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Brief Reports   |    
Care Seeking and Beliefs About the Cause of Mental Illness Among Nigerian Psychiatric Patients and Their Families
Chikaodiri Nkereuwem Aghukwa, M.B., B.Ch., F.M.C.Psych.
Psychiatric Services 2012; doi: 10.1176/appi.ps.201000343
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Dr. Aghukwa is affiliated with the Department of Psychiatry, Bayero University, P.M.B. 3011, Kano 234, Nigeria (e-mail: drchikan@yahoo.co.uk).

Copyright © 2012 by the American Psychiatric Association.

Objective:  This study examined treatment seeking by 219 psychiatric patients at a teaching hospital in Kano, Nigeria.

Methods:  Patients or their families were interviewed about the types of mental health healers that patients saw before seeking conventional psychiatric treatment and beliefs about the causes of the illness.

Results:  The length of illness before the psychiatric consultation was 4.5 years, and 99 (45%) respondents reported that patients had previously sought religious healing. A majority of respondents (N=128, 59%) attributed the illness to supernatural forces. Up to 68% and 75% of respondents who believed in a medical or genetic cause of illness, respectively, reported seeking a psychiatric consultation within six months of onset, and about 70% who believed in supernatural forces reported seeking psychiatric consultation five years after onset or later (p<.05).

Conclusions:  Mental health planners should educate alternative mental health healers and integrate them in the care of mental illness. (Psychiatric Services 63:616–618, 2012; doi: 10.1176/appi.ps.201000343)

Abstract Teaser
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Mental health help-seeking behavior in a native African society usually involves a household decision-making process, very often influenced by the community's concept of mental illness (1). Usually, the relations of individuals with a mental illness decide on their behalf where to seek help. A community's belief system about the causes of mental illness influences a family's opinion about the likely cause of mental illness experienced by a family member (2).

Furthermore, many African societies believe supernatural forces cause mental illness, and this affects the choice of mental health healers. In general, the choices of mental health healers in Western countries sharply contrast with those in Nigeria, where most psychiatric patients consult nonmedical alternative mental health healers (2,3). In addition, religion plays a great role in most modern Africa societies and fortifies a belief in an all-powerful creator and carer to whom one supplicates in times of need (2,46). In such societies, many psychiatric patients and their relations (2,6) usually see religious clerics first.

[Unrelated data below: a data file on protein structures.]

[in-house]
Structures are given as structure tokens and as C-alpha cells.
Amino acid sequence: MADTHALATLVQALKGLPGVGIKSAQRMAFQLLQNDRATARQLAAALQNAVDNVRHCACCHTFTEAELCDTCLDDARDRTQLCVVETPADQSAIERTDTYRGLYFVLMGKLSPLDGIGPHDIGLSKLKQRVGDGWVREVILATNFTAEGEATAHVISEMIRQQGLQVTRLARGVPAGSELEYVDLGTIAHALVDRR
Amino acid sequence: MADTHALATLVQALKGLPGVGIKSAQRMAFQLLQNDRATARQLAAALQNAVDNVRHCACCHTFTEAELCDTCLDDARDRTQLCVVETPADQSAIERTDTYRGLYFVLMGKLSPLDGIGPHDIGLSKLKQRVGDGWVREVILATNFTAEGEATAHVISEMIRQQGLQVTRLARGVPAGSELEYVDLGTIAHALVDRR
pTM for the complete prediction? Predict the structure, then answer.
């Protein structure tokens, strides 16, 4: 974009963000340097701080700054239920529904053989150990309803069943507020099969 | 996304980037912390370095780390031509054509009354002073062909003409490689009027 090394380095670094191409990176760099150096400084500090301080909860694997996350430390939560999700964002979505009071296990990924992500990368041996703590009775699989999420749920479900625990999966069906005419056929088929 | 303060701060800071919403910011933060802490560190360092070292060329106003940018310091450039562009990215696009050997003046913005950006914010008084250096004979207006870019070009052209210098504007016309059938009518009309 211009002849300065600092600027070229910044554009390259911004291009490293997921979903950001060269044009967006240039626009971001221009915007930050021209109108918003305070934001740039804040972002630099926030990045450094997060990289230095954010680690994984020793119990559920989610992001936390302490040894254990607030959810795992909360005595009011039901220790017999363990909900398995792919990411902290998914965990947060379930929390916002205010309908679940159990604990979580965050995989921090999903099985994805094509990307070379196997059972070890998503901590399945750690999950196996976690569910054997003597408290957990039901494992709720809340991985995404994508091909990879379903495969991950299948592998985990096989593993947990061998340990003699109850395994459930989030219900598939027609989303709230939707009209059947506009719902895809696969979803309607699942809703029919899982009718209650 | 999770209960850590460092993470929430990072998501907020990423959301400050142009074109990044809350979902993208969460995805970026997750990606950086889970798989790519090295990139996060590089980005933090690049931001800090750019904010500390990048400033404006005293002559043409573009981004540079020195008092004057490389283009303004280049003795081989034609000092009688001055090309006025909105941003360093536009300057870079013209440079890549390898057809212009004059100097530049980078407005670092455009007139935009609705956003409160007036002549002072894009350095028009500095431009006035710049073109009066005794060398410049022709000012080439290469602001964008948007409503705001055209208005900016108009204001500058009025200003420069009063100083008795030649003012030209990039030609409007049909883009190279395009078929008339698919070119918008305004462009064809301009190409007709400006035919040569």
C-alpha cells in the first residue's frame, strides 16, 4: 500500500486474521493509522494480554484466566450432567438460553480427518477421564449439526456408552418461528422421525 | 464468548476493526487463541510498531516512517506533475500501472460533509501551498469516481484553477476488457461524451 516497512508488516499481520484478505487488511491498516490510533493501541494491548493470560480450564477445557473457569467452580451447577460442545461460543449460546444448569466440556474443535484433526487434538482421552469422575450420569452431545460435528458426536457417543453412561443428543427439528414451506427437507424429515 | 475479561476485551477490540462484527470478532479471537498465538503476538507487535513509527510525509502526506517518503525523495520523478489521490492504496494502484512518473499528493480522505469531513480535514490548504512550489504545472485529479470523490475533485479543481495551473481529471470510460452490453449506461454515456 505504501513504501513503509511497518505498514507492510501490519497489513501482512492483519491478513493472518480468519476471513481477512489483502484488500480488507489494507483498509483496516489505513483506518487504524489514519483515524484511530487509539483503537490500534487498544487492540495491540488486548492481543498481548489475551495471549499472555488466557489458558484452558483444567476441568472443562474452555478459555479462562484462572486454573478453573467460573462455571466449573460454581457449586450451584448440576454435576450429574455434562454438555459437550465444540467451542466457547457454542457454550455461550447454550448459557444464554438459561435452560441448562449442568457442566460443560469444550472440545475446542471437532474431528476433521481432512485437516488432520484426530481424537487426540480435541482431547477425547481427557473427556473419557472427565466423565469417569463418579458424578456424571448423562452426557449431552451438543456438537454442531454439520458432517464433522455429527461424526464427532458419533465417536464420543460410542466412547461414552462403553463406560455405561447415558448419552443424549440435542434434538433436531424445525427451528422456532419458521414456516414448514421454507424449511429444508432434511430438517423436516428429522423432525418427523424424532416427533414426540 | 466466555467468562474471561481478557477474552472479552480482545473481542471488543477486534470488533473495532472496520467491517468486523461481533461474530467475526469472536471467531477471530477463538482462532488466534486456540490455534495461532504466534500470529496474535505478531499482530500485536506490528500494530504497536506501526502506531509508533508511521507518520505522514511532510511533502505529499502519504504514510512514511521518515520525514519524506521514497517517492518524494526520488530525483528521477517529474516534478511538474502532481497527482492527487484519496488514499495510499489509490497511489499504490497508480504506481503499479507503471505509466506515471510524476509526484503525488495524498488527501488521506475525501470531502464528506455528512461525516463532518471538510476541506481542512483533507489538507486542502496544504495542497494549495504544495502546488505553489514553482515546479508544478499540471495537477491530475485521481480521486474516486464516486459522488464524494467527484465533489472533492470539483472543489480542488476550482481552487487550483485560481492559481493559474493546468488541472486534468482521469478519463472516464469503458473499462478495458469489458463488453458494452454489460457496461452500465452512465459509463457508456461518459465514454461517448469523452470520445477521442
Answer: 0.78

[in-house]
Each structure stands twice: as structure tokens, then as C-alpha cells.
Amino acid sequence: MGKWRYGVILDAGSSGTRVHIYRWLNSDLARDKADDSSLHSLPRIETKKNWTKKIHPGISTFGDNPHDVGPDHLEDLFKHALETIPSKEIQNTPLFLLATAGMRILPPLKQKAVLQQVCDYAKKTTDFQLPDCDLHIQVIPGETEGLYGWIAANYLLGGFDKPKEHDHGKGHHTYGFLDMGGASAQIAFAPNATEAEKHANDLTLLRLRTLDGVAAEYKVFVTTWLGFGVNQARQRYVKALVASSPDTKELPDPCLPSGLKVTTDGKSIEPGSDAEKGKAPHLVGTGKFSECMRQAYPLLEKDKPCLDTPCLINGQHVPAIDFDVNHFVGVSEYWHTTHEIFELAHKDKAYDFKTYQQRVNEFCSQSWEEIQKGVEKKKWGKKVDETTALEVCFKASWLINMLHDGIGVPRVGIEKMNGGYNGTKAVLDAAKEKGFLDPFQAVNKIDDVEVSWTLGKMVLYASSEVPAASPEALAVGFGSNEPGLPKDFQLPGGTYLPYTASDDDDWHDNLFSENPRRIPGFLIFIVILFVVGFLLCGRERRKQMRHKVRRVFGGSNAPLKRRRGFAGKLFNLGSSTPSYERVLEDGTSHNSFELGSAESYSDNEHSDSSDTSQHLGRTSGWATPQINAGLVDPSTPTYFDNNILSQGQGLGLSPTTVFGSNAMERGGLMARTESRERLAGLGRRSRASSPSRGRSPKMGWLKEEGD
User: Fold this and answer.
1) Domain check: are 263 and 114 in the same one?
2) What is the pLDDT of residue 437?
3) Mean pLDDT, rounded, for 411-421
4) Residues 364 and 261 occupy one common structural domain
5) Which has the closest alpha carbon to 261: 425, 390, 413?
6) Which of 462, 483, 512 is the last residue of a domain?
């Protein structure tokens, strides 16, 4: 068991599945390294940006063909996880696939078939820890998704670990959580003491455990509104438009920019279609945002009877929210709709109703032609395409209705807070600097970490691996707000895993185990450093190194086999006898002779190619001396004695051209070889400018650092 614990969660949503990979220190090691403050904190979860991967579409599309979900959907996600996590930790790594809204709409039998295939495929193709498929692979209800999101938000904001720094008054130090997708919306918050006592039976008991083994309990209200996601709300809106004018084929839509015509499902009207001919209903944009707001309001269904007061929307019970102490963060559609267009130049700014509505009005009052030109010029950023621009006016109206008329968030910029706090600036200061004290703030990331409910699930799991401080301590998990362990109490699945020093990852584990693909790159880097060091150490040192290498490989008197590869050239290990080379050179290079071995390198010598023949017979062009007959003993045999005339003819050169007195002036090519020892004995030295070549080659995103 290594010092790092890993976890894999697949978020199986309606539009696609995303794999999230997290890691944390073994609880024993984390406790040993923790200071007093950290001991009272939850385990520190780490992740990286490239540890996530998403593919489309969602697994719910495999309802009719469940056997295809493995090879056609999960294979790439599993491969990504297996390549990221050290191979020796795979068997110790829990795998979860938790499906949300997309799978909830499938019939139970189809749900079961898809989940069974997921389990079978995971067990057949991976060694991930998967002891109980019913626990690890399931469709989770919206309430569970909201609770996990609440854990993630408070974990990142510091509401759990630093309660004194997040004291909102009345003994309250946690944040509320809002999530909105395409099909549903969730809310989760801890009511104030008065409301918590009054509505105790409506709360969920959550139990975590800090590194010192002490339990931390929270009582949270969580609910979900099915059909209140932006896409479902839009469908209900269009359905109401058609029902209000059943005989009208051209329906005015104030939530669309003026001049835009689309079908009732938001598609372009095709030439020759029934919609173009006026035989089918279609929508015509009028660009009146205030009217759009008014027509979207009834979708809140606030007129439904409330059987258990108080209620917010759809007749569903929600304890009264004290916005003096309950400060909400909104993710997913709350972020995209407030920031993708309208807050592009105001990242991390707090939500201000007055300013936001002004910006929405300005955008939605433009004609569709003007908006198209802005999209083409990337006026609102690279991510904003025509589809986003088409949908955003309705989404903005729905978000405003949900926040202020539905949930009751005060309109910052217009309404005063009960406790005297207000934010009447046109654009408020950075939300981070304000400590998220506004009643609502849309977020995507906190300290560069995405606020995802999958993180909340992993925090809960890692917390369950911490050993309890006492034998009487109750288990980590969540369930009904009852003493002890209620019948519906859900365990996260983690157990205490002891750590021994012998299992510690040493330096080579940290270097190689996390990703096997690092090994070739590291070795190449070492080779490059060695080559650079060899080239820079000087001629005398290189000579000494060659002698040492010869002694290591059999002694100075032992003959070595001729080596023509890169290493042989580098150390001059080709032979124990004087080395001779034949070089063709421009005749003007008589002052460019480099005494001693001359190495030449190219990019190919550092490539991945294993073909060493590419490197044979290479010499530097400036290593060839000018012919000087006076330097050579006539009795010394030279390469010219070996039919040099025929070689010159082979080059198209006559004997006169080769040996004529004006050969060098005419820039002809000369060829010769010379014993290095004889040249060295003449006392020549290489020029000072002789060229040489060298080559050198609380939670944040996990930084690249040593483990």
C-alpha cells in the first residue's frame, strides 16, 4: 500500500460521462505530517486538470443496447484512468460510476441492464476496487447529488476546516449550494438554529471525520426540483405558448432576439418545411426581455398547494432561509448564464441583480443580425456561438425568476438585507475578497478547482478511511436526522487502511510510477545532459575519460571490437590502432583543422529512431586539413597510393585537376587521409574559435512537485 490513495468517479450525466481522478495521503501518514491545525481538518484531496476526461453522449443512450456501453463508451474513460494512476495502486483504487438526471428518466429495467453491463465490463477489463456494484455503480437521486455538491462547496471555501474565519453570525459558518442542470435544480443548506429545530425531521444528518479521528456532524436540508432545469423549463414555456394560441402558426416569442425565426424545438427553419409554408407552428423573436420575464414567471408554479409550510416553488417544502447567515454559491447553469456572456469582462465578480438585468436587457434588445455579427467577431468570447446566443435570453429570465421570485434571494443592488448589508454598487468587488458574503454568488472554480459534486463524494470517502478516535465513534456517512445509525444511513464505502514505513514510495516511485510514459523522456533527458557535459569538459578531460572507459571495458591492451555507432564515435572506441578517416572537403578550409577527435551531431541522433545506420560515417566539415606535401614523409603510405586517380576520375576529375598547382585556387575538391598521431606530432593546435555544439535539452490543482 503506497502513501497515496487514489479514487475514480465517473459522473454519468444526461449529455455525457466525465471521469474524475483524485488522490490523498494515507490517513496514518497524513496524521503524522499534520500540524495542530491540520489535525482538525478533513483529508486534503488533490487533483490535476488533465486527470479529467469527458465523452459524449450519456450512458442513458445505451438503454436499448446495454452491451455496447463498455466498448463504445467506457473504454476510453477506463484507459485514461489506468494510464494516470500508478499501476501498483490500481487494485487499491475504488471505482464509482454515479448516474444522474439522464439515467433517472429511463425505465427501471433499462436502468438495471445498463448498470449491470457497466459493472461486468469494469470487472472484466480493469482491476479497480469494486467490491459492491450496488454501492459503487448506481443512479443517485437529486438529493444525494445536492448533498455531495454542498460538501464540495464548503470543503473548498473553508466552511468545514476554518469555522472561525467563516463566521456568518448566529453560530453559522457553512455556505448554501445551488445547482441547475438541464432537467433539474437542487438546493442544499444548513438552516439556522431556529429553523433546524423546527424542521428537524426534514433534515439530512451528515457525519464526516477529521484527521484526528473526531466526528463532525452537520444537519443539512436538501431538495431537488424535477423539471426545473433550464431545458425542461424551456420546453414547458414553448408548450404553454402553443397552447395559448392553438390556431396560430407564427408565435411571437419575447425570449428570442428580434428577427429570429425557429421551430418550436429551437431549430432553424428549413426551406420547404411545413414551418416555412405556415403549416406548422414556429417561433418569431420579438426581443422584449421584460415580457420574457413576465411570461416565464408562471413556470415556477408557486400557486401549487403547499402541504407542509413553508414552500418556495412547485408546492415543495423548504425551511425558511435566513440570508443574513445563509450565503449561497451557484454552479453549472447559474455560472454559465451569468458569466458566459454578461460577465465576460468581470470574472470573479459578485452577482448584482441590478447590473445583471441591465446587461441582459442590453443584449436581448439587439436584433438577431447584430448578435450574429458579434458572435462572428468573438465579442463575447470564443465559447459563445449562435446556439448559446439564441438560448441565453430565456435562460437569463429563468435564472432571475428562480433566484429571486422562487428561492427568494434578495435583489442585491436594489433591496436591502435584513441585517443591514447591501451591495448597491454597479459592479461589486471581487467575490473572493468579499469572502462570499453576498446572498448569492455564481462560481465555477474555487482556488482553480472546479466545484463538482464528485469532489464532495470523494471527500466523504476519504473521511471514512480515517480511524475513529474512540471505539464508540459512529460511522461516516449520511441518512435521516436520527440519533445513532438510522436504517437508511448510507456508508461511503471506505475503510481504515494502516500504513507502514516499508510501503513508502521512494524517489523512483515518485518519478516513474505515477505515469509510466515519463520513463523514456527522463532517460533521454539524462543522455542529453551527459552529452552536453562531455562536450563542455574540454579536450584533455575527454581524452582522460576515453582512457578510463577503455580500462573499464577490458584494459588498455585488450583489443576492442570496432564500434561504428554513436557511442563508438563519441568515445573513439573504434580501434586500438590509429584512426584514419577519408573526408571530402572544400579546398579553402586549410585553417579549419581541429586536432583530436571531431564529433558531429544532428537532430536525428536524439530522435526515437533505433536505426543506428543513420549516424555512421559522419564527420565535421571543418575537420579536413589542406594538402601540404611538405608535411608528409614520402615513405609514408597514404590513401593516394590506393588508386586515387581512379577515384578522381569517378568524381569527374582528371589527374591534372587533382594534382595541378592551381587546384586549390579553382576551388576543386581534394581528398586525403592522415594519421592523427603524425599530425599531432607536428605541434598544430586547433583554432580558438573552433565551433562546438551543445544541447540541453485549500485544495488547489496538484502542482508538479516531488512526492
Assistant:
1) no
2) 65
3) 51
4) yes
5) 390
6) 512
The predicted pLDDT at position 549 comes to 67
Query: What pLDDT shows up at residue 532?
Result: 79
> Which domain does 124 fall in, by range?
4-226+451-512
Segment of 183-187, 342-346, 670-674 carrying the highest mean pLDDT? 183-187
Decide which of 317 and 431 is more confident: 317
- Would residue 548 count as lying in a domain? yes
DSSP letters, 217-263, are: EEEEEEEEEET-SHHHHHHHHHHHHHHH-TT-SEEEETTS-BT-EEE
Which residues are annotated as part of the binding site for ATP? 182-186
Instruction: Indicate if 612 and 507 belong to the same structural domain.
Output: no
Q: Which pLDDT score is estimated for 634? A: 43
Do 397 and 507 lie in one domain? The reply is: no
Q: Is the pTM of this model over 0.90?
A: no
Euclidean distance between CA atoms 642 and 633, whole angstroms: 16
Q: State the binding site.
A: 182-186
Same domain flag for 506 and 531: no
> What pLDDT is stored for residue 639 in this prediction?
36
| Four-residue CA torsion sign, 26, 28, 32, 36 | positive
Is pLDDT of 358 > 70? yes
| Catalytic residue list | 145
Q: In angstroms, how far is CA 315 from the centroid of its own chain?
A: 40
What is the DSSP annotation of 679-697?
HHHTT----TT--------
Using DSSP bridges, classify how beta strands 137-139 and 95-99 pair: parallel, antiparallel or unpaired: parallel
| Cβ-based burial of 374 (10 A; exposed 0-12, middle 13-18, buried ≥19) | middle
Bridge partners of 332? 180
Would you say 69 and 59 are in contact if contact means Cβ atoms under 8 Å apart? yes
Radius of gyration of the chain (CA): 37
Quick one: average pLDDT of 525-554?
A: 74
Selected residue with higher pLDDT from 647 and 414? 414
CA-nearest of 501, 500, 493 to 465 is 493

Unfortunately, efforts to raise awareness among primary health providers in Nigeria about the importance of treating mental illness have not progressed. The National Strategic Health Development Plan, launched in 2010, did not include raising mental health caring standards as a priority (7). Therefore, primary health providers in Nigeria may not detect or properly manage psychiatric problems experienced by their clients. Yet early and appropriate treatment minimizes the negative biological and psychosocial impact of psychiatric illnesses (8).

This cross-sectional study investigated the types of healers that psychiatric patients and their relations visited before seeking treatment from the mental health services at the Aminu Kano Teaching Hospital. It examined associations between the beliefs of the patients and their relations about the cause of illness and the types of healers they had visited.

The study was conducted at Aminu Kano Teaching Hospital, a well-utilized tertiary health care facility in northwestern Nigeria. The hospital is located in a metropolitan area of about 3.5 million adults. A psychiatry outpatient clinic runs thrice weekly, and teaching rounds are held twice weekly.

Patients who came to the hospital for psychiatric consultations between April 1 and September 30, 2008, were eligible for inclusion if they had never used the hospital's psychiatric services in the past and consented to be interviewed. The study received approval from the hospital's ethics committee. The respondents were informed that their responses would be kept confidential.

Data were collected by an interviewer with a 17-item questionnaire similar to the encounter form used by the World Health Organization in its pathway studies. The encounter form was previously used in a similar study in western Nigeria (2). The first sets of questions were about basic demographic characteristics such as sex, religion, tribe, age, place of residence, and educational status. This section also documented patients' file numbers and the patients' consent to use them for easy retrieval of information from the patients' file.